THE DIFFERENCE BETWEEN PERSONAL INJURY AND WORKERS’ COMPENSATION
Dec. 8, 2018
On the surface, both a personal injury and a worker’s compensation claim may look similar and be difficult to tell apart. Many people even confuse a worker’s compensation case as a personal injury claim when that is not technically the case.
Personal Injury Case Requires Fault
Whether it be trying to recover damages from an automobile accident or from a slip and fall, there must be negligence from the party that is being sued. For example, if you did slip and fall on private property, it does not automatically mean the owner of the property is responsible for your injury. Before you can ask to recover any damages from your fall, you will need to prove that the owner was negligible in causing your fall and subsequent injury. Negligence may be for something like improper maintenance or that the owner did something wrong that put others at risk. Same for a car accident. Damages can only be sought if the other driver was at fault for the accident. When trying to recover damages in a lawsuit for personal injury, pain and suffering will be factored into the lawsuit.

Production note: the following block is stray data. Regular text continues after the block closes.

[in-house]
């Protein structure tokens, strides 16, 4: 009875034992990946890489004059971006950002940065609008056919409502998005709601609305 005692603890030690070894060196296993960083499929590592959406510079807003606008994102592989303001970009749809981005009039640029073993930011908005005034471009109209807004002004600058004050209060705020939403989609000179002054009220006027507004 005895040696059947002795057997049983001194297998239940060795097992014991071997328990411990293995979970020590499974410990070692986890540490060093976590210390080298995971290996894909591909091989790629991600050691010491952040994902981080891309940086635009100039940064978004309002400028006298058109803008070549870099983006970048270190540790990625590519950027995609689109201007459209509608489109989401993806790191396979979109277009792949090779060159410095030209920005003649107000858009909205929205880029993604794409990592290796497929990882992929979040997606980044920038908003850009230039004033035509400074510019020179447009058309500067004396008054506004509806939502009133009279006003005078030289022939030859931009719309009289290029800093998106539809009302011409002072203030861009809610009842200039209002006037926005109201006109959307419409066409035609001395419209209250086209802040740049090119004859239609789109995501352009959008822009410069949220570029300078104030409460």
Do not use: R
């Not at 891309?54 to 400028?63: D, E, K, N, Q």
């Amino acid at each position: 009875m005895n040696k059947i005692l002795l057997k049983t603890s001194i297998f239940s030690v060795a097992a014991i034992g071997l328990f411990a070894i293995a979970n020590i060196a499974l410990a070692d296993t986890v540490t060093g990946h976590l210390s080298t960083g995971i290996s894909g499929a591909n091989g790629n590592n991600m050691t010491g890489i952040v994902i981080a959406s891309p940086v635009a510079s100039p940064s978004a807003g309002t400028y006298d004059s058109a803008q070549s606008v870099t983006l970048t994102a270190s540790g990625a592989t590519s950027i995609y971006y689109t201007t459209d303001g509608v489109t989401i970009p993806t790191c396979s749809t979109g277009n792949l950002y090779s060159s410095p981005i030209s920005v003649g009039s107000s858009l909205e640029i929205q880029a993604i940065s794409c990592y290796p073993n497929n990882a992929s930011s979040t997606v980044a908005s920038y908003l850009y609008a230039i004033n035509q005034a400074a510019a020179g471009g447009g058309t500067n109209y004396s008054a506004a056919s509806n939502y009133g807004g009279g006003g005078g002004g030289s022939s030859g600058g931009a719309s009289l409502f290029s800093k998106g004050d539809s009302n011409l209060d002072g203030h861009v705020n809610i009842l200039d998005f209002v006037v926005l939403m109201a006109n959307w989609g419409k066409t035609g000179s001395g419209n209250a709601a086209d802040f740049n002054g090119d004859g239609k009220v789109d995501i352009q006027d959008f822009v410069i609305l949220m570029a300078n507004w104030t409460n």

Workers’ Compensation Does Not Require Fault
For a workers’ compensation claim, if you are an employee who is injured while on the job, you are entitled to receive benefits. There are a few limited exceptions that may affect your claim, but it does not matter who is at fault to apply for workers’ compensation. When you file for a workers’ compensation claim, there is no need for you to try and prove fault from your employer or another employee of the company. Fault is not a consideration in workers’ compensation to determine any benefits you are entitled to. One of the most important aspects of a workers’ compensation claim is that you can file for a claim even if you were negligent. However, unlike a personal injury lawsuit, pain and suffering are not something that is factored into receiving benefits.
Both personal injury and workers’ compensation cases can have many aspects to each of them that can be vast and at times difficult to understand. If you have questions about either, you should contact a knowledgeable attorney who works closely with both.